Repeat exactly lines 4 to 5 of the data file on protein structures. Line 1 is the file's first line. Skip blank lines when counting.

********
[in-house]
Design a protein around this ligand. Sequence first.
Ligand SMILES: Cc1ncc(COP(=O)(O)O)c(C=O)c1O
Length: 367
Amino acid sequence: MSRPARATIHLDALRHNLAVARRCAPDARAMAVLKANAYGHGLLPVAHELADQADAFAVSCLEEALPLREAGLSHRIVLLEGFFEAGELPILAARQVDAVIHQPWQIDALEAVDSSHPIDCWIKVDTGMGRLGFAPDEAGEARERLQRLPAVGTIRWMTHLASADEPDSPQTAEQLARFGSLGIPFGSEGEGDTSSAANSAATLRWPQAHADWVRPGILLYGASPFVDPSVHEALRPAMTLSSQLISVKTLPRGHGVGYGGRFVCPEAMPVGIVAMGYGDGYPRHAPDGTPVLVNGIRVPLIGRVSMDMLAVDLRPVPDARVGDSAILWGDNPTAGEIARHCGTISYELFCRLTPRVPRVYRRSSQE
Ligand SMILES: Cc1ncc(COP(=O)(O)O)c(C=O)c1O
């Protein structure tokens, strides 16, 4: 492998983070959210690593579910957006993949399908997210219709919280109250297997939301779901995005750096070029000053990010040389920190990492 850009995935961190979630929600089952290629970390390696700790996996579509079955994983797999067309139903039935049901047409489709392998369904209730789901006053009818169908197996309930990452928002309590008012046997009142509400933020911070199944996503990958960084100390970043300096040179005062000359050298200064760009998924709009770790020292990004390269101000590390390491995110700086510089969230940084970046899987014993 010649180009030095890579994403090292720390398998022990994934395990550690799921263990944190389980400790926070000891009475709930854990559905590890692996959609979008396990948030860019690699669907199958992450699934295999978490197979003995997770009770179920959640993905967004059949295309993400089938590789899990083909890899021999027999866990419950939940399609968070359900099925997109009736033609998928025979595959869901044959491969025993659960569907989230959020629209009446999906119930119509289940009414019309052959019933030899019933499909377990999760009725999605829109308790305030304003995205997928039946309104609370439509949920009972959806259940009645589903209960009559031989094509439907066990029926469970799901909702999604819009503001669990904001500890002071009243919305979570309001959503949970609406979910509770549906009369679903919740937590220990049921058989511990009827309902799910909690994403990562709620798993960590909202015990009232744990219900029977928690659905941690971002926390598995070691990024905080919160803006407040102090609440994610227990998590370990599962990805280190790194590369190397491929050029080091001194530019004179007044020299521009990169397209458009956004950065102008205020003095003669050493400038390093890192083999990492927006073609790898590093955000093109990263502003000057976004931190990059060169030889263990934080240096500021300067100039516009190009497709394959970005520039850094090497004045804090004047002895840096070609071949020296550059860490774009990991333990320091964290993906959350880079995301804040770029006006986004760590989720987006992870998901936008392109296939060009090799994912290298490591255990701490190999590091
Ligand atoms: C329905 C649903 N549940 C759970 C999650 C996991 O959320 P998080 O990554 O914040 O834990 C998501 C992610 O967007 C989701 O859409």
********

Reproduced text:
Length: 367
Amino acid sequence: MSRPARATIHLDALRHNLAVARRCAPDARAMAVLKANAYGHGLLPVAHELADQADAFAVSCLEEALPLREAGLSHRIVLLEGFFEAGELPILAARQVDAVIHQPWQIDALEAVDSSHPIDCWIKVDTGMGRLGFAPDEAGEARERLQRLPAVGTIRWMTHLASADEPDSPQTAEQLARFGSLGIPFGSEGEGDTSSAANSAATLRWPQAHADWVRPGILLYGASPFVDPSVHEALRPAMTLSSQLISVKTLPRGHGVGYGGRFVCPEAMPVGIVAMGYGDGYPRHAPDGTPVLVNGIRVPLIGRVSMDMLAVDLRPVPDARVGDSAILWGDNPTAGEIARHCGTISYELFCRLTPRVPRVYRRSSQE